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Agreement reached to move asphalt plant

New air quality bylaw comes into effect Oct. 31; plant must be moved by April 30, 2011

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Cheakamus Crossing residents have been good and heard.

The Resort Municipality of Whistler (RMOW) announced late Thursday, May 13 that it has entered into a agreement with Alpine Paving Ltd. to relocate its asphalt plant 150 metres south of its current site. The agreement comes as the municipality adopts a new air quality bylaw that will be implemented Oct. 31.

A news release from the RMOW stated that the new site will place the plant further away from the Cheakamus Crossing neighbourhood, behind a large hill near the wastewater treatment plant and not visible from any residences.

"Council has listened to the community and considered the options available," said Whistler Mayor Ken Melamed, who previously opposed a motion at council to move the plant by June 1. Last month it became clear the plant wouldn't be moved by June 1.

"We believe that we have come to the most workable solution for the community and the business owner. We will improve air quality for the entire community and achieve this shortly after residents move in to the new Cheakamus Crossing neighbourhood."

The agreement states that Alpine Paving must move the plant to its new site by April 30, 2011; complete major paving projects by Sept. 30 of this year; and cease manufacturing asphalt at the current site by Nov. 30, 2010.

Alpine Paving is also being directed to carry out site preparation for the facility so that the company is ready for the 2011 paving season. The municipality will implement a zoning amendment by Oct. 31 to allow the relocation.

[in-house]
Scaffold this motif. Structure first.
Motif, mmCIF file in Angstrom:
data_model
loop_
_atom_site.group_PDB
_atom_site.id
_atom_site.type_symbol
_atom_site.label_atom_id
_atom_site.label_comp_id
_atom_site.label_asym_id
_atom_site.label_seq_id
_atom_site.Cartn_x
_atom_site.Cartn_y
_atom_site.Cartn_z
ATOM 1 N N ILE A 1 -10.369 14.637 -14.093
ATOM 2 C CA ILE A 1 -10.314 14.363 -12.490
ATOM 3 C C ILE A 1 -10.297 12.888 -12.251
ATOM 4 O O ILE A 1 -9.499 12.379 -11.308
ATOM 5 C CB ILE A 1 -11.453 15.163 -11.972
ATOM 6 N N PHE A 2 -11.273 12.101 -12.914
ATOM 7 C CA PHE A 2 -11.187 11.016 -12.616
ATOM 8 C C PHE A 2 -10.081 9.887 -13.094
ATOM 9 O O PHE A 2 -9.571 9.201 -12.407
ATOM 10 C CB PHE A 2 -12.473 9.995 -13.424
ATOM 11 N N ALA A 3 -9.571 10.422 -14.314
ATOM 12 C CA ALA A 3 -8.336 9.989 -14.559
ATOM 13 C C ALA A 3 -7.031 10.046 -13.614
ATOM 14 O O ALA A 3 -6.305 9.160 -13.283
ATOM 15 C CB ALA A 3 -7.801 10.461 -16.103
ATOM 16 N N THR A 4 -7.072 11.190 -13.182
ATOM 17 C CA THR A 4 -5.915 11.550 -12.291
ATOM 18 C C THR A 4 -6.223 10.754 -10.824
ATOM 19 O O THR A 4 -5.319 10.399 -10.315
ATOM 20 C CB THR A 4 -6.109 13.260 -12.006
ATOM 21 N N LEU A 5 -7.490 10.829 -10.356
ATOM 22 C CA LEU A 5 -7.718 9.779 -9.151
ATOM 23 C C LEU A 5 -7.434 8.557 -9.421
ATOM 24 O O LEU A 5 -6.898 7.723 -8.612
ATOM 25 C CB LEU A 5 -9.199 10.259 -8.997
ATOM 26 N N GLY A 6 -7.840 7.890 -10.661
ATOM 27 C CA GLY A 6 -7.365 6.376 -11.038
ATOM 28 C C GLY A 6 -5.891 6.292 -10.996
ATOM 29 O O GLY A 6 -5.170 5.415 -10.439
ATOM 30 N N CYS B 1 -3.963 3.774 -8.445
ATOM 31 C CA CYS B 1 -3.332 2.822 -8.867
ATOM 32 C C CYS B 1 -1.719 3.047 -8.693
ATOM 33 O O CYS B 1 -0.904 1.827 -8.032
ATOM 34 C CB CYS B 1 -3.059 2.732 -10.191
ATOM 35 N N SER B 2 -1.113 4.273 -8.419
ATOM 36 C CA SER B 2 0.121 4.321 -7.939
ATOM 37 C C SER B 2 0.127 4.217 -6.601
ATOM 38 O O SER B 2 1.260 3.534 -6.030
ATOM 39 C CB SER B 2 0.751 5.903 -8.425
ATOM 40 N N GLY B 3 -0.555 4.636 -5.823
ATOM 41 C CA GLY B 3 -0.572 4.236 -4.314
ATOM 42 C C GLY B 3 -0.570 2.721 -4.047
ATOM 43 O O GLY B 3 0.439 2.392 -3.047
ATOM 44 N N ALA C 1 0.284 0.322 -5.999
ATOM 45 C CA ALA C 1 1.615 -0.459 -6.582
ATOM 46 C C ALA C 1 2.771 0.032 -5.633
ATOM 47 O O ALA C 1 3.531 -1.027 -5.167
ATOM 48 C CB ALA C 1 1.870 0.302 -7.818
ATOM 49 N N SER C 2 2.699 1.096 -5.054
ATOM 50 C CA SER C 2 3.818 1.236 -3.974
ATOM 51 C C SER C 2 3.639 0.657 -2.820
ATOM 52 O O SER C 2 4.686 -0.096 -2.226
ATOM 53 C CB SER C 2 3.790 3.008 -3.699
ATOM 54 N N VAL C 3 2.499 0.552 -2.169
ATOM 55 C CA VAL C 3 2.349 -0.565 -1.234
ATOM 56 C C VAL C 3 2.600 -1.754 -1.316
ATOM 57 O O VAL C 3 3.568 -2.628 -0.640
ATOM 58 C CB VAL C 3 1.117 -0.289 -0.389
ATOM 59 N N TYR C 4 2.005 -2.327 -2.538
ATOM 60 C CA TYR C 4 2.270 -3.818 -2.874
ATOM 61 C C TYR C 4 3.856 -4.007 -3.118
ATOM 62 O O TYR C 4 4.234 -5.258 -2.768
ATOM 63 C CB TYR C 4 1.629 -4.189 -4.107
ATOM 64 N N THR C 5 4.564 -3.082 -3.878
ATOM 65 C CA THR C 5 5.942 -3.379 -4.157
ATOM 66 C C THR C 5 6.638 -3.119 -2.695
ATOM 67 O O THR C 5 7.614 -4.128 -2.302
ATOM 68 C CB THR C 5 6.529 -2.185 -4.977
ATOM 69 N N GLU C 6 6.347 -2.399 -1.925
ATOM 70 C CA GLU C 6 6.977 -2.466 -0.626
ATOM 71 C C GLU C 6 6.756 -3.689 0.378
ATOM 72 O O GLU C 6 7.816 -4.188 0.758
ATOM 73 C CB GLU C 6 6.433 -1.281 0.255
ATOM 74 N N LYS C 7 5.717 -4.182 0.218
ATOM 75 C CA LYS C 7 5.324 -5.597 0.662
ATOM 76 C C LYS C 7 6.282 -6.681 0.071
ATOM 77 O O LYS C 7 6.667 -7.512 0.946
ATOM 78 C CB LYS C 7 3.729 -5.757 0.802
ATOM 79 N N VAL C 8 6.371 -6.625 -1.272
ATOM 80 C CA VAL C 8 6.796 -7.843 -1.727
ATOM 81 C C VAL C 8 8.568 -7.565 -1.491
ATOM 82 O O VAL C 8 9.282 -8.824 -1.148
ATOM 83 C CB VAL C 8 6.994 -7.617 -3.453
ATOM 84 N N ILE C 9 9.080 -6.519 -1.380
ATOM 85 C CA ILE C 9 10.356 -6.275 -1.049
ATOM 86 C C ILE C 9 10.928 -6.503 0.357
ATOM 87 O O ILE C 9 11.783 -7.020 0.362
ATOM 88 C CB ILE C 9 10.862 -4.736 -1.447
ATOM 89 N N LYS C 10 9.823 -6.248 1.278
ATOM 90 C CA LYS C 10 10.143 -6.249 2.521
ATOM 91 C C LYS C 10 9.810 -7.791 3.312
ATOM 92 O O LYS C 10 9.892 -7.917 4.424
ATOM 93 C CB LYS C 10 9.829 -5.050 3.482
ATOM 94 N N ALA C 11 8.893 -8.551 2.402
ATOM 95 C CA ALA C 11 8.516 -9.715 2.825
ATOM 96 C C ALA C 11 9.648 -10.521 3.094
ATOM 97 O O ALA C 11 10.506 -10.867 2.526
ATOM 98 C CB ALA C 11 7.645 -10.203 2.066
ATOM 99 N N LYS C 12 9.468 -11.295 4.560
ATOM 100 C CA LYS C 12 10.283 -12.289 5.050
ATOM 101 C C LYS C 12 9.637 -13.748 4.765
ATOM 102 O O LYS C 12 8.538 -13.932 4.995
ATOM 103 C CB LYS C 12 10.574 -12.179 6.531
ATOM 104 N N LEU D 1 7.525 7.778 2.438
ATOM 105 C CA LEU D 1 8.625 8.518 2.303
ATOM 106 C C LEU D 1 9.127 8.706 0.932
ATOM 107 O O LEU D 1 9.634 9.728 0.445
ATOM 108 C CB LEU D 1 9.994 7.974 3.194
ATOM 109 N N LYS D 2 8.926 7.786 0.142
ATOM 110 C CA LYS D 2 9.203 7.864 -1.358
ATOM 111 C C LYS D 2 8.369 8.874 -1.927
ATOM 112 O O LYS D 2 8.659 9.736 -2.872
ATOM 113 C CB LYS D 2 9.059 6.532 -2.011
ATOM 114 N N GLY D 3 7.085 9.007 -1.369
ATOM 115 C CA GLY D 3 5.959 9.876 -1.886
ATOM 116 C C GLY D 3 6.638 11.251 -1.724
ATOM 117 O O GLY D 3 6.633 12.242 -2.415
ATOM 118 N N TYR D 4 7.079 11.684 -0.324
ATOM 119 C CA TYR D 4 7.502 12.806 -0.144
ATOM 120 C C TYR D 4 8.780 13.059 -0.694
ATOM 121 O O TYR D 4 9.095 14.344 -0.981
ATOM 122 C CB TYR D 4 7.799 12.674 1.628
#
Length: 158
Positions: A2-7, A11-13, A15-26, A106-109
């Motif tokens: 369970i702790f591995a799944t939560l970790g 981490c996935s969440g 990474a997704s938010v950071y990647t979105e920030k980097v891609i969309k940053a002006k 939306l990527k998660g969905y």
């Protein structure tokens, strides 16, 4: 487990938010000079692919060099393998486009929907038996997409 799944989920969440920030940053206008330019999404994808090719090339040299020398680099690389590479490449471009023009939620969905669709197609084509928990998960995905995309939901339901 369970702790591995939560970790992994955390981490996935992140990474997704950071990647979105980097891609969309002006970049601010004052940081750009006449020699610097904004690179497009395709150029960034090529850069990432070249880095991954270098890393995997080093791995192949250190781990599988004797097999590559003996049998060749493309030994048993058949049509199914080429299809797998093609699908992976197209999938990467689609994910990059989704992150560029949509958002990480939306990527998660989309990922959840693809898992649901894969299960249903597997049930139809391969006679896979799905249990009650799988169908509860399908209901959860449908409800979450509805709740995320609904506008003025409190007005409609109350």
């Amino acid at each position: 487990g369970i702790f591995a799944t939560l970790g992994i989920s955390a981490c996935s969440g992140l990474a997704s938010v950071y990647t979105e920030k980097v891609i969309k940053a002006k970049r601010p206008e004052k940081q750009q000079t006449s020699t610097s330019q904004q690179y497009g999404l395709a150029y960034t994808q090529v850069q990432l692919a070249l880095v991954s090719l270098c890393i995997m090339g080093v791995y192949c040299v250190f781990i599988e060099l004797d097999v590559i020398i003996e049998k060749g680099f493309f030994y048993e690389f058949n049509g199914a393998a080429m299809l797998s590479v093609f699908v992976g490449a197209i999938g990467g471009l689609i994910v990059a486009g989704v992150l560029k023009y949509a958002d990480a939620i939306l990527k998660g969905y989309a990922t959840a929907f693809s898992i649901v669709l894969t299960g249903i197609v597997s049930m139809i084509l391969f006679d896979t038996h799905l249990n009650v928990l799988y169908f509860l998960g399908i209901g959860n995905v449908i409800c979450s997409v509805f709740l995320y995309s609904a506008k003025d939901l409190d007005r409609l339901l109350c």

The municipality will also adopt a new emissions control bylaw by Oct. 31 this year. The bylaw will set the same emission criteria as Metro Vancouver, which the municipality calls the "strictest in the province." Ambient air testing will begin at Cheakamus Crossing in the spring of 2011.

To meet the new emission standards Alpine Paving will upgrade its facility with a baghouse and other infrastructure or equipment. The new baghouse - a fabric filter system - removes and collects dust particulates from the plant. According to the RMOW's release this system is considered 90 per cent more effective than the current wet scrubber system, which involves droplets of water being sprayed into the exhaust to remove particulates.

Details relating to the relocation and the new air quality bylaw will be presented to council at its May 18 meeting, at 5:30 p.m. at MY Millennium Place. An open house will be held Thursday, May 20 in the athletes' centre at Cheakamus Crossing, between 5 and 7:30 p.m.

Asked how much it would cost the RMOW to move the plant, a municipal spokesperson said financial terms of the agreement were confidential and would not be disclosed to the public.

They did, however, say that the municipality had spent between $30,000 and $40,000 on background studies into the possibility of moving the asphalt plant and it's anticipated Alpine Paving Ltd. will spent between $1 million and $2 million to meet air quality standards under the new bylaw.

Plant owner Frank Silveri previously estimated that it could cost millions to move the plant, but who, precisely, is paying for the move is unclear.

The move comes after a lengthy back-and-forth at Whistler council about the fate of the plant. Hundreds of homeowners in Cheakamus Crossing appeared at a Nov. 17, 2009 council meeting with concerns about air quality and toxicity from the plant. All were made aware of the plant when they signed disclosure statements.

 

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